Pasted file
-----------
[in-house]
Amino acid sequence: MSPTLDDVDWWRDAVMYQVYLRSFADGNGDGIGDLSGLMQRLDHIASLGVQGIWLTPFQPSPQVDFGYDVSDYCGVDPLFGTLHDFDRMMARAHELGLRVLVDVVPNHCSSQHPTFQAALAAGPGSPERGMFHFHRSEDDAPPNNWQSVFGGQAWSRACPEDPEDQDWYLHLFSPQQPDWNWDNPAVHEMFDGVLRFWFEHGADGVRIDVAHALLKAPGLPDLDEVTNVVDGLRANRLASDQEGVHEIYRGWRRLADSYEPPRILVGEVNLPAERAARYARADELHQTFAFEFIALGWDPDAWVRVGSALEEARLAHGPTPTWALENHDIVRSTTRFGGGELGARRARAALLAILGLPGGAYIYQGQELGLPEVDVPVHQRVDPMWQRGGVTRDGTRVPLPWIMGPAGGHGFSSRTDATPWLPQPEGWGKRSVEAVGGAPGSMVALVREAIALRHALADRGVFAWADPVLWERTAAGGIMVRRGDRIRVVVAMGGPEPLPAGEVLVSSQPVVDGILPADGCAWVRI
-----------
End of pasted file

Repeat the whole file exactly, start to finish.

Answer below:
[in-house]
Amino acid sequence: MSPTLDDVDWWRDAVMYQVYLRSFADGNGDGIGDLSGLMQRLDHIASLGVQGIWLTPFQPSPQVDFGYDVSDYCGVDPLFGTLHDFDRMMARAHELGLRVLVDVVPNHCSSQHPTFQAALAAGPGSPERGMFHFHRSEDDAPPNNWQSVFGGQAWSRACPEDPEDQDWYLHLFSPQQPDWNWDNPAVHEMFDGVLRFWFEHGADGVRIDVAHALLKAPGLPDLDEVTNVVDGLRANRLASDQEGVHEIYRGWRRLADSYEPPRILVGEVNLPAERAARYARADELHQTFAFEFIALGWDPDAWVRVGSALEEARLAHGPTPTWALENHDIVRSTTRFGGGELGARRARAALLAILGLPGGAYIYQGQELGLPEVDVPVHQRVDPMWQRGGVTRDGTRVPLPWIMGPAGGHGFSSRTDATPWLPQPEGWGKRSVEAVGGAPGSMVALVREAIALRHALADRGVFAWADPVLWERTAAGGIMVRRGDRIRVVVAMGGPEPLPAGEVLVSSQPVVDGILPADGCAWVRI